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Minimum wage law not the way to growth

21 December 2005

Minimum wage law not the way to growth

An eight per cent increase in the minimum wage in the face of an economic downturn is not the way to economic growth, according to Business NZ.

"You can't just legislate higher wages into existence," Chief Executive Phil O'Reilly said.

"Forcing employers to increase wages by legislation actually harms unskilled people.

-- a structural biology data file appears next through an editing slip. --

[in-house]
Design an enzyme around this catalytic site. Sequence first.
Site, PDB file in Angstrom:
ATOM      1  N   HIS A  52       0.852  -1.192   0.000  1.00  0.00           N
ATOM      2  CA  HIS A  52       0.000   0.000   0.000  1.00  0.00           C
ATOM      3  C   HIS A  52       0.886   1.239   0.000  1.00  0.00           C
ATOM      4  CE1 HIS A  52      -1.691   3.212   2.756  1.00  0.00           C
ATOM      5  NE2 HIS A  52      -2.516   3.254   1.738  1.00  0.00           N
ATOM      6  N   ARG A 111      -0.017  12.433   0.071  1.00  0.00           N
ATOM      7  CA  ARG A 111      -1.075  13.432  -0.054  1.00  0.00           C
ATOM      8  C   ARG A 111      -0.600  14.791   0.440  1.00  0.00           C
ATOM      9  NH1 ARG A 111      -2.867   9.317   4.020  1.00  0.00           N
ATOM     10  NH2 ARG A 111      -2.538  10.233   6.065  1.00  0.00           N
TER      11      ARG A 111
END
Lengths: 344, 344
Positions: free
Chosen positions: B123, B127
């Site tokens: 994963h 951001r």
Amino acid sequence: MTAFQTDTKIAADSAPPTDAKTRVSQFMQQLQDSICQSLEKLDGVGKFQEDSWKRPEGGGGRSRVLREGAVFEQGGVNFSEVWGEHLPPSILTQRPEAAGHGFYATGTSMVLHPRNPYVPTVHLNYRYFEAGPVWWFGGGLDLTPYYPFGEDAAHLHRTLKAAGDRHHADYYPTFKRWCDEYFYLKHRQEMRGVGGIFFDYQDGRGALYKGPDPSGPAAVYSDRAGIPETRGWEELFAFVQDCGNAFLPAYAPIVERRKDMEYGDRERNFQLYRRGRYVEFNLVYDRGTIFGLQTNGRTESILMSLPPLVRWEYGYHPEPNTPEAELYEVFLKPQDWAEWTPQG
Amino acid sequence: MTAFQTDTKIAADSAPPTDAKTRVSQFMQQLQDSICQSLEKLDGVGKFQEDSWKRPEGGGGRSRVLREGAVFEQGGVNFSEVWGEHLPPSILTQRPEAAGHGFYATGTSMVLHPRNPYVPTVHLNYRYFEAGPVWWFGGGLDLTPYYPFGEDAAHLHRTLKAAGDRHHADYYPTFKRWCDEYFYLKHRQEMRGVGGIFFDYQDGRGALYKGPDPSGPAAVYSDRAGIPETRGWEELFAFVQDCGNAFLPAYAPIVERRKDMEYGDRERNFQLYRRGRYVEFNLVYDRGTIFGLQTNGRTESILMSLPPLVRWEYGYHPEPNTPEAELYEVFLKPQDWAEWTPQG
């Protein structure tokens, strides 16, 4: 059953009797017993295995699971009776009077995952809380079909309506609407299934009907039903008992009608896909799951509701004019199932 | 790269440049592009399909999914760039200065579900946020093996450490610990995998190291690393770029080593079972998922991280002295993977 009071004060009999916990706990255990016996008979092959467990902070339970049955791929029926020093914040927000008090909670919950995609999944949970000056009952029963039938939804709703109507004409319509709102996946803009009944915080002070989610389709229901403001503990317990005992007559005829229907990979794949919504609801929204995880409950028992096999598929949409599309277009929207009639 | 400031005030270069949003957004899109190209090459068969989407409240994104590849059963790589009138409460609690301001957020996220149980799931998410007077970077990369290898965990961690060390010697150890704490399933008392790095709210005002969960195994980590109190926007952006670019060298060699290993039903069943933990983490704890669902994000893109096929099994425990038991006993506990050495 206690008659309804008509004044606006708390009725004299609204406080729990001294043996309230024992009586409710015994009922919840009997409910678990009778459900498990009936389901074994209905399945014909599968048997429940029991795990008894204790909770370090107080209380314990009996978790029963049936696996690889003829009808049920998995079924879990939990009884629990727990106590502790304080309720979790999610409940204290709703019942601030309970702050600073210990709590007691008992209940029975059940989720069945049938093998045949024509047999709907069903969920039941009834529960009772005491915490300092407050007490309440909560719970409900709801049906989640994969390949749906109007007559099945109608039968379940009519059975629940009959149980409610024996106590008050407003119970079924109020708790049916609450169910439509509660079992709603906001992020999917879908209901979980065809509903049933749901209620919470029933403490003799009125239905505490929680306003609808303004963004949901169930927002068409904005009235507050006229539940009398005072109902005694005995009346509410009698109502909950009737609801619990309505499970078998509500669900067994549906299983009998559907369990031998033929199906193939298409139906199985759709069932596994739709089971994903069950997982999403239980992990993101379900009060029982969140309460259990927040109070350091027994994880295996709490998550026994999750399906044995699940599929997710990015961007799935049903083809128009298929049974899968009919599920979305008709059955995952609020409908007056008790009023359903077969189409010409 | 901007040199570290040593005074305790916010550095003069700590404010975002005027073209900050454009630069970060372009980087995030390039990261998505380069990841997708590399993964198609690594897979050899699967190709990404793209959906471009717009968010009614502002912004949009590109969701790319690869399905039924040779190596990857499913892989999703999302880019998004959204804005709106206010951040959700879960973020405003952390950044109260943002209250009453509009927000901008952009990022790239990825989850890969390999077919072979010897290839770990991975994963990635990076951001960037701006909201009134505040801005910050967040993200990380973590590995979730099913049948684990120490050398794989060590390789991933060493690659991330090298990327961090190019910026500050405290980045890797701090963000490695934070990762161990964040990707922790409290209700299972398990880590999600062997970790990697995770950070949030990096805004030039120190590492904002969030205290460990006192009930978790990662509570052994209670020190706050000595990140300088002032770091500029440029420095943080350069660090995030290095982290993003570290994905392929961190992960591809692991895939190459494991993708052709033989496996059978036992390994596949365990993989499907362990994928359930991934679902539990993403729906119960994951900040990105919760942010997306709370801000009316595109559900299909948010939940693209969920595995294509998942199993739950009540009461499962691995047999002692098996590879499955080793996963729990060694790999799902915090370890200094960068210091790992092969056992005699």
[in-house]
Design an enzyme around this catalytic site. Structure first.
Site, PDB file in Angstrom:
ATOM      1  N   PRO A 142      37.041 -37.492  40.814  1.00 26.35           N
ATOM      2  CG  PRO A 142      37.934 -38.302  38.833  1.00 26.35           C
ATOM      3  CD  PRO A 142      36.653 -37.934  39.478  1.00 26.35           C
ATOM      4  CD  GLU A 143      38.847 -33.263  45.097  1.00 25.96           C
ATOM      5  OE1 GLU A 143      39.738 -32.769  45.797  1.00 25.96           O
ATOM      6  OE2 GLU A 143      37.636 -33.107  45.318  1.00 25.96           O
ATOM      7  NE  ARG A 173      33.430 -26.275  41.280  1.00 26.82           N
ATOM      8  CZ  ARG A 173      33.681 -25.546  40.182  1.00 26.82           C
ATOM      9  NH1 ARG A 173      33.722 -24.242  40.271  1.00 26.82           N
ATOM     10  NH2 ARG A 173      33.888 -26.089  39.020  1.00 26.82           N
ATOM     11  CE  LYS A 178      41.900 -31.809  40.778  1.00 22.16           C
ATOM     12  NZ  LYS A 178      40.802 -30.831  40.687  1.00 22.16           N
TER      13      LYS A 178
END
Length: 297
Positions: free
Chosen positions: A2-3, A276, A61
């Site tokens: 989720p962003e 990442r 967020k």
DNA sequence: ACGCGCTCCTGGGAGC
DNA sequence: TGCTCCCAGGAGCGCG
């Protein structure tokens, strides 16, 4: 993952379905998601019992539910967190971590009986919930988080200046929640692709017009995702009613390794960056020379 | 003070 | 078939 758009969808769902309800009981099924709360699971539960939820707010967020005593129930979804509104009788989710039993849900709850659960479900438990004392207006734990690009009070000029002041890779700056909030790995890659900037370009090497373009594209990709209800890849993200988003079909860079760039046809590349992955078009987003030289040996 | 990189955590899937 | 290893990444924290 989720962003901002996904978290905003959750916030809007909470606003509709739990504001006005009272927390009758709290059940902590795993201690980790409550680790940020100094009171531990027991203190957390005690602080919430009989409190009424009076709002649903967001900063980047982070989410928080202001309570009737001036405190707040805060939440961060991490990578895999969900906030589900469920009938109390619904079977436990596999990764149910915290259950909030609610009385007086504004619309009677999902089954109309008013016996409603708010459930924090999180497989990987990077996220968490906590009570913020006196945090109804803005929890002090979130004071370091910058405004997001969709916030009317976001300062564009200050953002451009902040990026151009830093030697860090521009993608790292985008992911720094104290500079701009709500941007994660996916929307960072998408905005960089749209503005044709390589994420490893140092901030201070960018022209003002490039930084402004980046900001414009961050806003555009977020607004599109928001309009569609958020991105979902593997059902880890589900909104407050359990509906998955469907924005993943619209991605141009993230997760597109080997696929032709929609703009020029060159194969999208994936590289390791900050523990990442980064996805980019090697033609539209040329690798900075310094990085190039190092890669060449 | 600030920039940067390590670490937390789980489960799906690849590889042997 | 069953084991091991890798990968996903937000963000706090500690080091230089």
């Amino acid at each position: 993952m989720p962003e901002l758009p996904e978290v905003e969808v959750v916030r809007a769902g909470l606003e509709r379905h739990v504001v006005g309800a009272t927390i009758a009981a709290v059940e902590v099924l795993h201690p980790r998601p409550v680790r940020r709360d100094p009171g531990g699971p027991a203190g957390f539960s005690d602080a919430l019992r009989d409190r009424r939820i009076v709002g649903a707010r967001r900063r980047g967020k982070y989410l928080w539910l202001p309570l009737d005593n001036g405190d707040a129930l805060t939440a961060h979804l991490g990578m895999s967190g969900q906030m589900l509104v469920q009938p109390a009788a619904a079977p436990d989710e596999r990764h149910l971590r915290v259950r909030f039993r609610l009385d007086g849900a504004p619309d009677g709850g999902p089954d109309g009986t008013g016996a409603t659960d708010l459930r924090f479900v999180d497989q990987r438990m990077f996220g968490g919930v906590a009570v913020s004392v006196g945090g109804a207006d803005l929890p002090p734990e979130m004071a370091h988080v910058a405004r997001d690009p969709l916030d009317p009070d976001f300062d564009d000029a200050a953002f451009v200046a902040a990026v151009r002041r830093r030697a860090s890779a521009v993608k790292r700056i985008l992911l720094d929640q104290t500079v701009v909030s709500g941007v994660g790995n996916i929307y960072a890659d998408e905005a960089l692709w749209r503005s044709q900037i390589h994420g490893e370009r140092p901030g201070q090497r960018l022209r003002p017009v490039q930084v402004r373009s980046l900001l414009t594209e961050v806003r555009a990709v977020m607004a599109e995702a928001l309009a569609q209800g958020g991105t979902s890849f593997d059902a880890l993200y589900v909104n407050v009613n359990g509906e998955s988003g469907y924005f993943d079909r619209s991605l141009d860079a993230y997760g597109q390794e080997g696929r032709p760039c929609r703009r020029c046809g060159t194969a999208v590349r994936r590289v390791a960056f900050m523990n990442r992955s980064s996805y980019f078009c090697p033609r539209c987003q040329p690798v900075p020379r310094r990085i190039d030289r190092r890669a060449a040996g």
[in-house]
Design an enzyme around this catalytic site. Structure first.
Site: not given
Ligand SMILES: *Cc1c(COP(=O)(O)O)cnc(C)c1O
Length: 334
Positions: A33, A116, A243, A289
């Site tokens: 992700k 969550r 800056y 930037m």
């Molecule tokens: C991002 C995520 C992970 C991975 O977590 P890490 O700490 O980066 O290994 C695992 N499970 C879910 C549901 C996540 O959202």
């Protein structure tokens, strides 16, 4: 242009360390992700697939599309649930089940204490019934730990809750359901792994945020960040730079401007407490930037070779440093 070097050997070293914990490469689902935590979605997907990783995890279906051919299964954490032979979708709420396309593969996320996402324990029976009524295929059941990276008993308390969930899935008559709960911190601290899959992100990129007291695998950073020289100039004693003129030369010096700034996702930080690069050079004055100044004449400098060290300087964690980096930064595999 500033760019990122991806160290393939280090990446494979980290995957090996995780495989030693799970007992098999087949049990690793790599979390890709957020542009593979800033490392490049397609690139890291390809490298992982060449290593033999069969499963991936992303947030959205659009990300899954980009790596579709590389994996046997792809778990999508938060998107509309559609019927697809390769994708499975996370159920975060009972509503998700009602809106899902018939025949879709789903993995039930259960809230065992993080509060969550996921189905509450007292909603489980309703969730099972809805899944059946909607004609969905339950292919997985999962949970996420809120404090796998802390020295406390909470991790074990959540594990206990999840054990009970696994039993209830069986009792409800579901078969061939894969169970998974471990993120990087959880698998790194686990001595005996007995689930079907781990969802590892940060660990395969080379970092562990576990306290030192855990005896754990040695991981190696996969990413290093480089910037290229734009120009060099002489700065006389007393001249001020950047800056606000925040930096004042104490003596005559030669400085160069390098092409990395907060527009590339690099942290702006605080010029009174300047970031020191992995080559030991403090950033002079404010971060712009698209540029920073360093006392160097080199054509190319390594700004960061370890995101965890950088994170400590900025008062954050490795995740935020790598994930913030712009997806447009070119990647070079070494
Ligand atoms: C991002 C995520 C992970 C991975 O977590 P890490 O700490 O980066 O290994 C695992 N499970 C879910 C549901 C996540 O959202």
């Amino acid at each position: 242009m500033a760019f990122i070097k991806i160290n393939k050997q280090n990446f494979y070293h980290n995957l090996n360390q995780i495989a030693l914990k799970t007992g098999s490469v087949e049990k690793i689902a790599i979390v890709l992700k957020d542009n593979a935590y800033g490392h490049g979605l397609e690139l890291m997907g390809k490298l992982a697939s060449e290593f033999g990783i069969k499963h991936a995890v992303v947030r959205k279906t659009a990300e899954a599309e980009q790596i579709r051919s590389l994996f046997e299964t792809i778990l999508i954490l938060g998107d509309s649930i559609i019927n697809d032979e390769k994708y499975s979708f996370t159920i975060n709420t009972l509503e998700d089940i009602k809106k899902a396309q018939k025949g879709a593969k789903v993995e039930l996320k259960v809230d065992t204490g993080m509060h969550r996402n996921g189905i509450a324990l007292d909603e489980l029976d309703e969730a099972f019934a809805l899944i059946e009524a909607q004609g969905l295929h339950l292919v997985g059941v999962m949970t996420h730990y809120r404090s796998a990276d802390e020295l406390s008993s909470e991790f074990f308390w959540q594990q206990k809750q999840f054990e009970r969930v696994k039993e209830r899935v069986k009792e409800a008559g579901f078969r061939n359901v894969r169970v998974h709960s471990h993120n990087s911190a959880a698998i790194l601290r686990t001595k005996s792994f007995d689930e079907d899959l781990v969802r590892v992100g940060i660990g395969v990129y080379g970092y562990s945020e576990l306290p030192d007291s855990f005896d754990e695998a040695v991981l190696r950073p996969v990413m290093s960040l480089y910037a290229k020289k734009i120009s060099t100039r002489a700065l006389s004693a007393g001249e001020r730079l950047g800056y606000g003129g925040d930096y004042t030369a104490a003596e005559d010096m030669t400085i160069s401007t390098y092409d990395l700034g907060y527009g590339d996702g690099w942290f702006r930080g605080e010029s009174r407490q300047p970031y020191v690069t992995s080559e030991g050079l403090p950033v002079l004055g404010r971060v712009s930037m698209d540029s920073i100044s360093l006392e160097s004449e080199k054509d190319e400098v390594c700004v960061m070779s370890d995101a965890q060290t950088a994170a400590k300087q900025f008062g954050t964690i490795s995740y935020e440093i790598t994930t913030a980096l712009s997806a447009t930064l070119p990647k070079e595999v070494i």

"In a situation where, because of minimum wage law, the wages of low-skill people are higher than the value they can add, then an employer choosing between an low-skill or a skilled employee will always choose the skilled one. This makes low-skill workers even less likely to find jobs.

"Minimum wage law also creates a knock-on effect - pushing up every else's wages because of relativity claims. Increased wages without increased productivity just erodes the economy through inflation. "The best route to high wages is through higher skills and productivity. Business would rather the Government kept its focus on these important issues, rather than harming low-skill workers, businesses and the economy with minimum wage law."


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